British rider positive about women's cycling
Lizzie Armitstead (Boels Dolmans) forms part of a strong field that is set to line-up at the inaugural Women’s Tour. World champions Ellen van Dijk and Marianne Vos and double Olympic track champion Laura Trott will join Armitstead when the race starts in Oundle, Northamptonshire on Wednesday.
Armitstead has had a hugely impressive start to this season. She won the opening round of the World Cup at the Ronde van Drenthe and has not been off the podium in a round of the series since, with second places at the Tour of Flanders and Flèche Wallonne. She now holds a commanding 160-point lead in the competition.
The British national champion hasn’t raced in the UK since taking the title and is hoping for a glorious return to British shores and a chance to show off her stripes. "It's difficult but I want to do well in my home race. All my family and friends are coming to support me,” Armitstead told the Guardian newspaper. "It really suits me or the team."
The race is the equivalent of the men’s Tour of Britain and will be given the same television coverage and prize money as the men. The addition of this race to the women’s calendar came after the next that ASO would run a one-day race in tandem with the final stage of the Tour de France. There has also been talk that the Vuelta a España, also owned by ASO, would stage their own one-day women’s event. With all this in mind, Armitstead is happy that the women’s sport is moving in the right direction.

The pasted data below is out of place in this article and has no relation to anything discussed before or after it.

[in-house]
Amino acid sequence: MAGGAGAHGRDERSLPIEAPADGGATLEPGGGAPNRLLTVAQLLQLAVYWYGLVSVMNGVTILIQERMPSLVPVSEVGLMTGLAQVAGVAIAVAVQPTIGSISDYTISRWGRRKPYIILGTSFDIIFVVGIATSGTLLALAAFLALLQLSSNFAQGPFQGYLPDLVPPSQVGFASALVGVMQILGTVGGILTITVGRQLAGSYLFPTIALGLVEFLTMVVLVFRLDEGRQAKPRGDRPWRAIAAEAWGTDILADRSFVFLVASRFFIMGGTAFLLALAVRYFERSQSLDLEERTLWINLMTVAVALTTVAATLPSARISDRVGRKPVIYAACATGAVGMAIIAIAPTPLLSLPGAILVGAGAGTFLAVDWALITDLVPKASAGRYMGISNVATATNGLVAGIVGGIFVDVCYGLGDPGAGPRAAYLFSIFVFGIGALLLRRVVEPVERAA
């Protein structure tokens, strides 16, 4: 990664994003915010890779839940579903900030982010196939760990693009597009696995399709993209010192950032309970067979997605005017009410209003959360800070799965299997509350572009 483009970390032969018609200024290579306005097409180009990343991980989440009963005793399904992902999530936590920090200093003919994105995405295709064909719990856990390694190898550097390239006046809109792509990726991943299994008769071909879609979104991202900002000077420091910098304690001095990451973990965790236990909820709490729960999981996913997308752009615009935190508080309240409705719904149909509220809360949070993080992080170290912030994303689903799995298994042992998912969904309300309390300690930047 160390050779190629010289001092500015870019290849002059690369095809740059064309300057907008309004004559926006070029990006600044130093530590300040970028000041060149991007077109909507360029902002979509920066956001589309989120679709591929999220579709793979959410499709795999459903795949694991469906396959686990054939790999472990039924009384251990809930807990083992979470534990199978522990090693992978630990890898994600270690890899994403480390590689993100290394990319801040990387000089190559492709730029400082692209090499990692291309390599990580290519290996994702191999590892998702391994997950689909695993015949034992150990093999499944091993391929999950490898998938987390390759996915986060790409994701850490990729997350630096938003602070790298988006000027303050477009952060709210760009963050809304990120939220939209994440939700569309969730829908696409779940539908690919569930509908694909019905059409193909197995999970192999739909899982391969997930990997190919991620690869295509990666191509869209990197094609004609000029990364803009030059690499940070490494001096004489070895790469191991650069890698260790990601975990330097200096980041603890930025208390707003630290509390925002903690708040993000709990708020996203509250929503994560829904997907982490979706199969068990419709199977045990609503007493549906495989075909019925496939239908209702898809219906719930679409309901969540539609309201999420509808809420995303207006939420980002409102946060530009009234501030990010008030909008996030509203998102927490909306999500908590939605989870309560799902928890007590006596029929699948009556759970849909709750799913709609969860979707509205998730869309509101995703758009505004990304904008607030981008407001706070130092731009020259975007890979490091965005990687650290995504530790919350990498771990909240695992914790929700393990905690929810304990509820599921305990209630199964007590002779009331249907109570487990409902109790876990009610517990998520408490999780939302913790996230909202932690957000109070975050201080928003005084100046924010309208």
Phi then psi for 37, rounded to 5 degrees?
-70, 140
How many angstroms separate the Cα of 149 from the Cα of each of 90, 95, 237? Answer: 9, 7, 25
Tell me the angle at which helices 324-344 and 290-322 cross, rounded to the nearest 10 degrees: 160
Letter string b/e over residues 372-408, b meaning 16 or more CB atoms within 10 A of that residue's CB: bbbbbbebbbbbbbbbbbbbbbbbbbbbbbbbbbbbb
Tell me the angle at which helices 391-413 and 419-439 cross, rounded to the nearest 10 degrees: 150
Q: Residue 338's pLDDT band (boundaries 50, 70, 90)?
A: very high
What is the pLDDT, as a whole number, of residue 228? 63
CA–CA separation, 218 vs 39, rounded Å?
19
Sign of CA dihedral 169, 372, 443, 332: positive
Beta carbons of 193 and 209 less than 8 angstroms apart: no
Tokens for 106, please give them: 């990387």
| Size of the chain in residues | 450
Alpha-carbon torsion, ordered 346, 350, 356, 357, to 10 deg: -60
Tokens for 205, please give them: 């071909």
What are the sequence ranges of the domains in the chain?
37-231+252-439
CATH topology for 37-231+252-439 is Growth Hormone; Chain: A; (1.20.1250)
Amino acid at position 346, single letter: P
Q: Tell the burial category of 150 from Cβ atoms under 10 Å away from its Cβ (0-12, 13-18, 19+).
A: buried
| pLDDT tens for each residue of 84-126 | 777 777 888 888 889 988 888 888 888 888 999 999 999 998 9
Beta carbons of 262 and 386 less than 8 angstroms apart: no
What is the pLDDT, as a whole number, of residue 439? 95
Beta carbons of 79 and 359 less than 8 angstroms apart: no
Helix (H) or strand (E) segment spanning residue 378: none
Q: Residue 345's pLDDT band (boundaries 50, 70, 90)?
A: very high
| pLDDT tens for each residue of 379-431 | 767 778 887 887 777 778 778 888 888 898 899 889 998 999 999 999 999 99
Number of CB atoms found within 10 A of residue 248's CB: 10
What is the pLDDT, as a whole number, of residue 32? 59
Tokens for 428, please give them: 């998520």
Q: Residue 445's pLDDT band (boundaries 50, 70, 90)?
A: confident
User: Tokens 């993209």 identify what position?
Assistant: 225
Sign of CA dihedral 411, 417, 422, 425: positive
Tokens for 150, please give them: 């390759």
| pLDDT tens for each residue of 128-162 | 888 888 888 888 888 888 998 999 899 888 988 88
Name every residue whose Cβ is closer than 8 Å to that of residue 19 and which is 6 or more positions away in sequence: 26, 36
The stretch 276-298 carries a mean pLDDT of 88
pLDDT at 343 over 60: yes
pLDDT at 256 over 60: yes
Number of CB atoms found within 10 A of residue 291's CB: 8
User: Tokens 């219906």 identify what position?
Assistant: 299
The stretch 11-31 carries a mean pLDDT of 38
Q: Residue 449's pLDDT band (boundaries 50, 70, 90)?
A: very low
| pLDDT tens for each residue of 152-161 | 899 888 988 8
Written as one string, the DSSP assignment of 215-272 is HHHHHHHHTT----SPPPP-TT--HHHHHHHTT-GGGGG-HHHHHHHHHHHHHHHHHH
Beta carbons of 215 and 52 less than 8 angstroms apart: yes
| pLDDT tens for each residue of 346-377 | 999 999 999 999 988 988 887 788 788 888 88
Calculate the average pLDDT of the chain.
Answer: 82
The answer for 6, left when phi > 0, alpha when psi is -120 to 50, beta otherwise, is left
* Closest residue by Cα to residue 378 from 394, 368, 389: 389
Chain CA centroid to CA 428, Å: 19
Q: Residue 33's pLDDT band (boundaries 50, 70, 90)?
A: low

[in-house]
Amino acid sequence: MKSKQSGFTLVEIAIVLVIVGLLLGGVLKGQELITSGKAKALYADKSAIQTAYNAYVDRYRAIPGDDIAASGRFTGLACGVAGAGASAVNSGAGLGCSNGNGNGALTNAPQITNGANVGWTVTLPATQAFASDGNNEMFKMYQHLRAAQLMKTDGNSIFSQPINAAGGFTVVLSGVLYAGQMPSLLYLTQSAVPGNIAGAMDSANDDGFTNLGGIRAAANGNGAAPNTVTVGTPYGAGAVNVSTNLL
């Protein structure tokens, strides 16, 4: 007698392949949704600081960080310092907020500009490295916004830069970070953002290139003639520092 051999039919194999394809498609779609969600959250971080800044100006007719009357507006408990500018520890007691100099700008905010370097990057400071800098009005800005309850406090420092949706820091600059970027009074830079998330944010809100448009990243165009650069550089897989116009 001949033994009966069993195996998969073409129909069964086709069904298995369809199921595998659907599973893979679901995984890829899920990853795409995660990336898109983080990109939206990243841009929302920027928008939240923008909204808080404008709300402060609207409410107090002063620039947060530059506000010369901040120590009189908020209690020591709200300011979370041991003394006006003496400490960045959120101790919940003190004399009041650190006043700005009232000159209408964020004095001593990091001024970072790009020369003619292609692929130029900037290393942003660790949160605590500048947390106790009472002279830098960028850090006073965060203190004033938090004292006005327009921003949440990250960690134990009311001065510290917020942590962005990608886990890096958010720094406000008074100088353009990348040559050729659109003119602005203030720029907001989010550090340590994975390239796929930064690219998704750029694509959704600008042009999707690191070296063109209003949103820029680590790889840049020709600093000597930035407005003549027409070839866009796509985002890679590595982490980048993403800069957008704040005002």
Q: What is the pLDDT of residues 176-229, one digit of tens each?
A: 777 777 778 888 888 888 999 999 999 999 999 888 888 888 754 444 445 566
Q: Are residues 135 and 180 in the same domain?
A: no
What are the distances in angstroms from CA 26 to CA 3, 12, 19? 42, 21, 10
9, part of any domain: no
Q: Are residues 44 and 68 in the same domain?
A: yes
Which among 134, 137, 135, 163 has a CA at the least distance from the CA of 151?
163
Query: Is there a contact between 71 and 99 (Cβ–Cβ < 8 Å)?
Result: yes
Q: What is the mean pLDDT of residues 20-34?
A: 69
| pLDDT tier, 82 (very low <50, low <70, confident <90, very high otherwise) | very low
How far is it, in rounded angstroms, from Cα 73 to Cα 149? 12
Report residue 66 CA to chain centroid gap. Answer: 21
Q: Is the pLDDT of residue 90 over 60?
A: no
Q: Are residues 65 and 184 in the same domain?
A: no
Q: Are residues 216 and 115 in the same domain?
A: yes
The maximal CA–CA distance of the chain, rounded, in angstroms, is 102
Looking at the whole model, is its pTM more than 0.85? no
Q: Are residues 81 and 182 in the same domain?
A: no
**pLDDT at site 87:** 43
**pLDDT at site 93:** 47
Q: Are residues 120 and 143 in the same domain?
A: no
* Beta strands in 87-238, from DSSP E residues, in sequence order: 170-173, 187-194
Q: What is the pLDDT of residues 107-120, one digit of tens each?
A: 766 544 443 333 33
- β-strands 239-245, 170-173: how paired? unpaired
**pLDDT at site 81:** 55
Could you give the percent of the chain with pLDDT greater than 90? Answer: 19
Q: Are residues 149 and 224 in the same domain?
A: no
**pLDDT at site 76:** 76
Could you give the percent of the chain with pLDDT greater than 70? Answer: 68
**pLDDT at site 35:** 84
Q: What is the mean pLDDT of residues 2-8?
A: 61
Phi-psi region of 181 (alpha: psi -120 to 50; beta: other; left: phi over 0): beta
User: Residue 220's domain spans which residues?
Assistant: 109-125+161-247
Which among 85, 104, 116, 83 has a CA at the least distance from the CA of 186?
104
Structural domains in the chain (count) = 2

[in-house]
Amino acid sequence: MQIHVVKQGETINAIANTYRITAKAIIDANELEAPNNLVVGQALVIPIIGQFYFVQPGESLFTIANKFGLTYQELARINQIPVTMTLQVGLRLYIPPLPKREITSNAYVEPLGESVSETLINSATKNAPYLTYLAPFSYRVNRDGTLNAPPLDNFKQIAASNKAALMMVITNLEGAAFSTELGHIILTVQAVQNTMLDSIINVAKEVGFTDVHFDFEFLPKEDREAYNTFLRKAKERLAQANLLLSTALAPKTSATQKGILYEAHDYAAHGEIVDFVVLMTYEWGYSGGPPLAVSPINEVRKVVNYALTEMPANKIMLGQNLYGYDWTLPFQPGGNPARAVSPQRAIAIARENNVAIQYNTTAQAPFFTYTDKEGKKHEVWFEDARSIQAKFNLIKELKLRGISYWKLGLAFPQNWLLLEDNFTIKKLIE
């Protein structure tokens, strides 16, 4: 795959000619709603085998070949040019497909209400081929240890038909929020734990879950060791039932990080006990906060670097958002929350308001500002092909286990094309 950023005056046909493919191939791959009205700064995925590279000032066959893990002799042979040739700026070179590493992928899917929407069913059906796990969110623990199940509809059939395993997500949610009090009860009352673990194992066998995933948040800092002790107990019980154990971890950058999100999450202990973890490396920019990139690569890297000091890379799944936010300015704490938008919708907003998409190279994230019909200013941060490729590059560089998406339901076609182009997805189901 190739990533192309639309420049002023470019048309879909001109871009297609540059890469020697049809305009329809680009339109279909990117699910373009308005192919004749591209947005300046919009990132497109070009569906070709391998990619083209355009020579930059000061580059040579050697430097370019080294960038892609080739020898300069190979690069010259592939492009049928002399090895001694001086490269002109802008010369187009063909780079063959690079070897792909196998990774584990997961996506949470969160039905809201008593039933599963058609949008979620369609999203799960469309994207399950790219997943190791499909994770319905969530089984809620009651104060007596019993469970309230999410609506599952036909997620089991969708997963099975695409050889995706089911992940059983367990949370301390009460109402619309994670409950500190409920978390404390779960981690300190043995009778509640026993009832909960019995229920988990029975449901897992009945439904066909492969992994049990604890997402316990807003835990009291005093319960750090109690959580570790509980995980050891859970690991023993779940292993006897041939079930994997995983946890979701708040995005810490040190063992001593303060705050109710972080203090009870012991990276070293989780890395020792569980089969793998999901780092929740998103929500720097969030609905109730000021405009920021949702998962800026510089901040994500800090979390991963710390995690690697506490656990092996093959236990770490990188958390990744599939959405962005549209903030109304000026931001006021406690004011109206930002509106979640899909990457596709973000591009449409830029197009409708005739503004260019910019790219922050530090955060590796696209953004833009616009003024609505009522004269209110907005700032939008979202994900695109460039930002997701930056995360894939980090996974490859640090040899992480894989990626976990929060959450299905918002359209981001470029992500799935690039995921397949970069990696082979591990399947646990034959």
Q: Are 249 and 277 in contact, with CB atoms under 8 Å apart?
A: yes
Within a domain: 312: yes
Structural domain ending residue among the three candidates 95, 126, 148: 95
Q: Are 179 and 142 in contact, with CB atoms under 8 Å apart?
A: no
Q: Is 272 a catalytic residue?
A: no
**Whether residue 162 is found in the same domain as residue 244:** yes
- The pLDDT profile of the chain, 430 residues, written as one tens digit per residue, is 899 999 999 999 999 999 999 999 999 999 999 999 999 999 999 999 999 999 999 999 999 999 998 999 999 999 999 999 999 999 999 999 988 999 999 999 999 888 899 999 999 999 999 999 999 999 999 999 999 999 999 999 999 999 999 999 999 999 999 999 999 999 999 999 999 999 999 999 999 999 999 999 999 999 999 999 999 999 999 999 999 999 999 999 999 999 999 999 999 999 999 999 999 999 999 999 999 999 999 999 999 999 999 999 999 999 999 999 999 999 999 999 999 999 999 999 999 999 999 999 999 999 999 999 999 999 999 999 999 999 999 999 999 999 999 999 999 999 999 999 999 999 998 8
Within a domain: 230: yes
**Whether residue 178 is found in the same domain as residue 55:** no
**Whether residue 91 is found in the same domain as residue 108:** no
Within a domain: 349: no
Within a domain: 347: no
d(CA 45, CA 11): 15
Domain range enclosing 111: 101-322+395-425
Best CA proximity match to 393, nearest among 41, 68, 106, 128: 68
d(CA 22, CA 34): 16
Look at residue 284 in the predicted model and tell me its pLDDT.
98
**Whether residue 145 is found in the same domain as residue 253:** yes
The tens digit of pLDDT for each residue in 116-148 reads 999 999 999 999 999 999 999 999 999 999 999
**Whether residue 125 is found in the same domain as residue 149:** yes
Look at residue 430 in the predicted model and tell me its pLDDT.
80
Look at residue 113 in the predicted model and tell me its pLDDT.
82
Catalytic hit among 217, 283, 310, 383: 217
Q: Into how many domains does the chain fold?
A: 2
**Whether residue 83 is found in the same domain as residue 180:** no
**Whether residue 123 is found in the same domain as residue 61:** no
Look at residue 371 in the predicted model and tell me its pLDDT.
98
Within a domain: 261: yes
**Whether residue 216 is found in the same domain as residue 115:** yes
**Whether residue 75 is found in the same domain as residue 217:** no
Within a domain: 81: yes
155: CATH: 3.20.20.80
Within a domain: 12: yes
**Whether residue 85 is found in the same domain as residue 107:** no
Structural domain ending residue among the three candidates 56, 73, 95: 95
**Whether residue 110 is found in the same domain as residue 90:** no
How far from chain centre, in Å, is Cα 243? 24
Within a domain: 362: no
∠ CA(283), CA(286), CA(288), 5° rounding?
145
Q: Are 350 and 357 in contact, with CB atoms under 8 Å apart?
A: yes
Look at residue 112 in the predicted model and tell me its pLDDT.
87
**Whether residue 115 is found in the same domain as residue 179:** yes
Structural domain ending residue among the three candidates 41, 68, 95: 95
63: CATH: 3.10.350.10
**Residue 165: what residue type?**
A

"This is really significant for all of us... most women's races don't pay much at all,” she said. "I feel quite positive about women's cycling right now… I'm confident we'll get on Eurosport one day."
"The UCI are now live-streaming the World Cup races and Tracey Gaudry [the first woman to be elected vice-president at the UCI] has been at every race. I like her and so there are some positive changes."
Armitstead has been extremely vocal in the past about women’s cycling and the inequality that the female peloton have to endure. During the UCI’s presidential election last season, she was critical of British candidate – now president - Brian Cookson saying that he wasn’t doing enough to change the women’s side if the sport. The British cyclist knows more than most how unstable life can be in the women’s peloton. She has been at the blunt end of the shaky world that can be cycling when she had three teams fold on her in the space of three years.
Without the support structure of an outfit such as team Sky, Armitstead has had to carve her own way as a professional. She is now with the Boels Dolmans team, who she has a contract with until the end of 2016. Despite her success, female cyclists still have no direct way into the sport. The closest they have is Wiggle Honda, which is home to the likes of Laura Trott, Dani King and Joanna Rowsell.
“There's no women's programme. There's no women's road academy. There's no pathway for women," she says of the British structure. “Their business model is dictated by the Olympics and funding is generated by medals. There are many more medals to be won on the track rather than the road, so I can understand the logic.”
“It's always been like this. I had to find my own path and, in some ways, it's been a good thing. I'm quite a strong person and I've become even stronger… If you're going to succeed in professional sport you have to be resilient."
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